Xavier’s heart, hands mended by Children’s of Mississippi
Published on Monday, November 16, 2020
By: Annie Oeth, email@example.com
Xavier Strahan has a strong heart for playing and busy hands for putting puzzles together and grasping play tools, thanks to care from Children’s of Mississippi experts in Jackson and on the Gulf Coast.
Xavier, 3, from Ocean Springs was born with congenital heart defects and thumb hypoplasia, a rare congenital difference in about one out of every 100,000 infants.
Prenatal care gave no clues of Xavier’s medical journey ahead, said his mother, Chantel Strahan. “We were told that he was perfectly healthy – 10 toes, 10 fingers, strong heartbeat.”
After he was born, though, Xavier’s heart condition became apparent. Xavier was airlifted to Children’s of Mississippi for cardiac care. Children’s of Mississippi, the pediatric arm of the University of Mississippi Medical Center, includes the state’s only children’s hospital as well as clinics across the state that bring specialty care closer to home for patients.
“Xavier had a narrowing of the aorta and a ventricular septal defect, a hole between the bottom chambers of his heart,” said Dr. Brian Kogon, chief of pediatric cardiothoracic surgery at Children’s of Mississippi. Surgical corrections were made, and once his heart was healthy, care for his thumb hypoplasia began.
“In Xavier’s case, both his thumbs were under-developed and non-functional,” said Dr. Marc Walker, assistant professor of plastic surgery and orthopaedic surgery at UMMC. “Bilateral thumb hypoplasia occurs in only half of these cases, making it even rarer.”
Children like Xavier are receiving surgical care inside the Kathy and Joe Sanderson Tower at Children’s of Mississippi. The expansion opened to patients Nov. 2.
The Sanderson Tower, named for Sanderson Farms CEO and board chair Joe Sanderson Jr. and his wife, Kathy, complements the Blair E. Batson Tower, named for UMMC’s first Pediatrics chair, forming the state’s only children’s hospital. The Sanderson Tower includes 88 private NICU rooms, 32 private PICU rooms, a dozen state-of-the-art surgical suites, a pediatric imaging center and an outpatient specialty clinic. The Children’s Heart Center also has a home in the new seven-story tower.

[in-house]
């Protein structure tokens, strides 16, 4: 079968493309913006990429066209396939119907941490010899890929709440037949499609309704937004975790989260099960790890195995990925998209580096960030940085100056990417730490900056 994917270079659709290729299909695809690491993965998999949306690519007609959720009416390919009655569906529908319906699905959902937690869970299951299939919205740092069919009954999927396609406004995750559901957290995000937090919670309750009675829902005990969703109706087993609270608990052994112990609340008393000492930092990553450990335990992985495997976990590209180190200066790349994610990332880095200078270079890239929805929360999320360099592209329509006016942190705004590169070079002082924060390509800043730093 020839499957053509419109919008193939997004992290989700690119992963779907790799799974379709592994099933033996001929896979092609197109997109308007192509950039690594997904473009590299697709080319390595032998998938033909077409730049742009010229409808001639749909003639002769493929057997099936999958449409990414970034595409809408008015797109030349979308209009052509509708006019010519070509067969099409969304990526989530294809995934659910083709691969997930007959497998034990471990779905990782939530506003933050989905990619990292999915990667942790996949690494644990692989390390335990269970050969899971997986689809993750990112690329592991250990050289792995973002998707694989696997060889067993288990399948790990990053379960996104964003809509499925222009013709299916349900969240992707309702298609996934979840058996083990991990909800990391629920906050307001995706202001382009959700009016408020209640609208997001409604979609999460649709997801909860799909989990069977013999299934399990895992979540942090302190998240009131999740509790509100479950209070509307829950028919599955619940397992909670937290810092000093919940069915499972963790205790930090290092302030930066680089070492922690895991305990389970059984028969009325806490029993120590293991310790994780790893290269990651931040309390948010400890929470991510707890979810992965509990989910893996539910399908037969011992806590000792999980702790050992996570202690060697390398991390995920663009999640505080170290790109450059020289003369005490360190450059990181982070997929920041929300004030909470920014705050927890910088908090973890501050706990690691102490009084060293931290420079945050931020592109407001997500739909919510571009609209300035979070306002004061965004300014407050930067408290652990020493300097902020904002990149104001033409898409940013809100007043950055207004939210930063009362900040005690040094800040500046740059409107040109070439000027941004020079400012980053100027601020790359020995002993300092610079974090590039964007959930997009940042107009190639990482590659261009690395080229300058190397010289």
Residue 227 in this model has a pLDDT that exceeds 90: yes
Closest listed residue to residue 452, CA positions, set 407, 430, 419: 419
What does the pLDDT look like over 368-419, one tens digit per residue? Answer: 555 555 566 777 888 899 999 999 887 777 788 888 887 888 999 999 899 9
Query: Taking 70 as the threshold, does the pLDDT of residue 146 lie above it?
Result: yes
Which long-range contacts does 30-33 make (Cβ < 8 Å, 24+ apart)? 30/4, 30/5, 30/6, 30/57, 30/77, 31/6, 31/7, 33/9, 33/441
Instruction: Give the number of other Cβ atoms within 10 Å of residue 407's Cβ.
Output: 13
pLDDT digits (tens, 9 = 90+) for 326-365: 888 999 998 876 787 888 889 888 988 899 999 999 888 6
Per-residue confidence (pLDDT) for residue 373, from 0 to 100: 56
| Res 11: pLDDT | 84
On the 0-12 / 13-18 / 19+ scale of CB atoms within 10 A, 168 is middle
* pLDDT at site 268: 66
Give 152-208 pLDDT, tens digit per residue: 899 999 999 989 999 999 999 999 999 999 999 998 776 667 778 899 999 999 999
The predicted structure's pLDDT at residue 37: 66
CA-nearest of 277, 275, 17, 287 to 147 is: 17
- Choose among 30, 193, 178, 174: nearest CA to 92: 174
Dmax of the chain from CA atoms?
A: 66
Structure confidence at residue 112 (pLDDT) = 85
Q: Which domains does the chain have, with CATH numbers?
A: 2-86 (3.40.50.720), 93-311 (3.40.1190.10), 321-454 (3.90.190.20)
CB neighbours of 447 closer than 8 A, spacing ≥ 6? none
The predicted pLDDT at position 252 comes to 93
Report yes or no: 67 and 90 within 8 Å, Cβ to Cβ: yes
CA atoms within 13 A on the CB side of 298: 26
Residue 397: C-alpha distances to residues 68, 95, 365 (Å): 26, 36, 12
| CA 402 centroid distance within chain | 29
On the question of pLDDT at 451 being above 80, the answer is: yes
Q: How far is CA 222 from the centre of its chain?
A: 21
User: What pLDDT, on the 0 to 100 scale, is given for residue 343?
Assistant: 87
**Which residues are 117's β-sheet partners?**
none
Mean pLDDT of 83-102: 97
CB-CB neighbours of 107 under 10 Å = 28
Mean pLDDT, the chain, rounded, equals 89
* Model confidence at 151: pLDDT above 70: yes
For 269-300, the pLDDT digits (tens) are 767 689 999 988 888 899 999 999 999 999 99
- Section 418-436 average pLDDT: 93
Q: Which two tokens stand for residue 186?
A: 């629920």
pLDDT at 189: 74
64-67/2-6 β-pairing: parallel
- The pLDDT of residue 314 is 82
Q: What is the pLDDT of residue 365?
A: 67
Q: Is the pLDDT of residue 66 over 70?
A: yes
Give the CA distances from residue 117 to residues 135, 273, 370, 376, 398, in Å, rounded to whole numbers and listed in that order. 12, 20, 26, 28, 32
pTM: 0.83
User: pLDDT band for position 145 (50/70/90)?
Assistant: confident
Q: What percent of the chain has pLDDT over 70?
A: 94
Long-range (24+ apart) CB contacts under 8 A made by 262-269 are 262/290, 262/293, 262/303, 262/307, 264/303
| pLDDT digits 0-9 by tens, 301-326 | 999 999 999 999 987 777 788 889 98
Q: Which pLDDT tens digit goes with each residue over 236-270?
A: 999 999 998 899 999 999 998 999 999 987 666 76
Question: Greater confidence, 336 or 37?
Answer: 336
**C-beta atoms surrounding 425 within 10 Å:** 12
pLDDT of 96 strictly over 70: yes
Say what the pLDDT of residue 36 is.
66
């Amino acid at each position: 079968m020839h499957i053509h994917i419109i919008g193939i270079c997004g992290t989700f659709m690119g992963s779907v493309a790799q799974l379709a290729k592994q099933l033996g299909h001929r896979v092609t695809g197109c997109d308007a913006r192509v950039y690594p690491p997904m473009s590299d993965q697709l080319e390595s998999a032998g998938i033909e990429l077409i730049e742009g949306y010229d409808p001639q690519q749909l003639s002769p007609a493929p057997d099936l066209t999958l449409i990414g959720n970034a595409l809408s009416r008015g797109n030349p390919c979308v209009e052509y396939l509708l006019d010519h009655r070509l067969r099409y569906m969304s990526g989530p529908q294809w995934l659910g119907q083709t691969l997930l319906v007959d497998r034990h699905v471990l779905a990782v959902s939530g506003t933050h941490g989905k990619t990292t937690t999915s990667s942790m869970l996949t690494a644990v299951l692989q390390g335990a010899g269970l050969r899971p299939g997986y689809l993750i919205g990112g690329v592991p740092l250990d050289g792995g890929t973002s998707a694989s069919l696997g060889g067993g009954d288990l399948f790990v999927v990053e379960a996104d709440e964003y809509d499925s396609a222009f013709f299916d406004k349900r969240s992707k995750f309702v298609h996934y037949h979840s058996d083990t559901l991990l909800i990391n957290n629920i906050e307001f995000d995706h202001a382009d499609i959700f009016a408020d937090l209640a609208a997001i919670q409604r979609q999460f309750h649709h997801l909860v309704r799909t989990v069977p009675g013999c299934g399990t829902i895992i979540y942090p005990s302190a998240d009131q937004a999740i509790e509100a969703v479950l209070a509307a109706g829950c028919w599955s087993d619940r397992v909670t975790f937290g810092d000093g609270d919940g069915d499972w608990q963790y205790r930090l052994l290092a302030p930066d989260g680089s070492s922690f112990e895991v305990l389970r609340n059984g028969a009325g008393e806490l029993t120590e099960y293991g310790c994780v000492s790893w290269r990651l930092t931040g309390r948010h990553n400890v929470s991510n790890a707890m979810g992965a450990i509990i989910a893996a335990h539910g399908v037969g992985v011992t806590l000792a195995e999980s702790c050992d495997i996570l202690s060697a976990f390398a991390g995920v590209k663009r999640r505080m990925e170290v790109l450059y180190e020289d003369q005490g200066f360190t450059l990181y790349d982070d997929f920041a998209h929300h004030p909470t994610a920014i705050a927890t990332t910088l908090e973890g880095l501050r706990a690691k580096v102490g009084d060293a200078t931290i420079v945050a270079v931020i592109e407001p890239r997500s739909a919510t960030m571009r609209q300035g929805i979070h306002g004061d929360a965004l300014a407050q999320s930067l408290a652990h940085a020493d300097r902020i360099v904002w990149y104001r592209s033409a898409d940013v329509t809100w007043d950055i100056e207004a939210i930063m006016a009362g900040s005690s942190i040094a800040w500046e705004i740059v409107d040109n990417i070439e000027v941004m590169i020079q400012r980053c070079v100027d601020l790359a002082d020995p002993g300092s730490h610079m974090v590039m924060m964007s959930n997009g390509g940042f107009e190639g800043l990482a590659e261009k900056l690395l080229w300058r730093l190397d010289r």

The Sandersons launched the Campaign for Children’s of Mississippi, a philanthropic drive to fund the tower’s construction, with a $10 million personal gift. So far, the campaign has raised more than 84 percent of its $100 million goal.
Xavier continues to see Dr. Brad Troutman for follow-up cardiology care at the Children’s of Mississippi Biloxi Specialty Clinic, just minutes from his home, and for his thumb hypoplasia, Walker at Children’s of Mississippi in Jackson.
Strahan said her family loves having expert clinical care on the Gulf Coast. “The doctors love Xavier. They have all watched him grow from a tiny 6-pound, 4-ounce baby pre-heart surgery to the whopping 32-pound toddler post surgeries. It is convenient having them close to home.”
Xavier’s visits are fun, Walker said. “He is one of the most fun and energetic kids we have seen in our clinic. Xavier is curious, happy, active, and very smart. We could tell from our first encounter that this tough little guy is full of endless excitement.”
His first hand surgery moved his left index finger into the thumb position, Walker said. The procedure, pollicization, is one of the most technically demanding and highly complex operations in hand surgery. In a few months, Xavier will be ready to have the procedure done on his right hand.
A blue cast held his hand still, post-surgery, to allow for healing. Tears came when it was time for the cast to come off, but soon he was playing while holding a pen with his new left thumb for the first time.
Post-surgery, Xavier was apprehensive about using his left hand at first, Strahan said, but not because of discomfort.
To show Xavier his condition wouldn’t limit him, Strahan showed him pictures of Jim Abbott, a former major league pitcher who was born with one arm. “I wanted to show him that having his condition wouldn’t stop him. Xavier wanted to be like that pitcher and play baseball!”
After he understood he could play ball with both arms, “he then took his glove and went outside to throw,” his mother said. “He showed me his four-seam fastball! Look out, MLB scouts!”
Surgery hasn’t slowed him down, she said. “When we start a new DIY project at home, he runs to get his play screwdriver so he can join in.”
Whether in Jackson or on the Mississippi Gulf Coast, Xavier’s doctors enjoy having him as a patient and watching him grow up.
“It is a true privilege to be able to treat patients like Xavier and to further enable him to use his hands to live life to the fullest,” Walker said. “Xavier has already accomplished so much in his clinical journey, and we cannot wait to see where the future takes him.”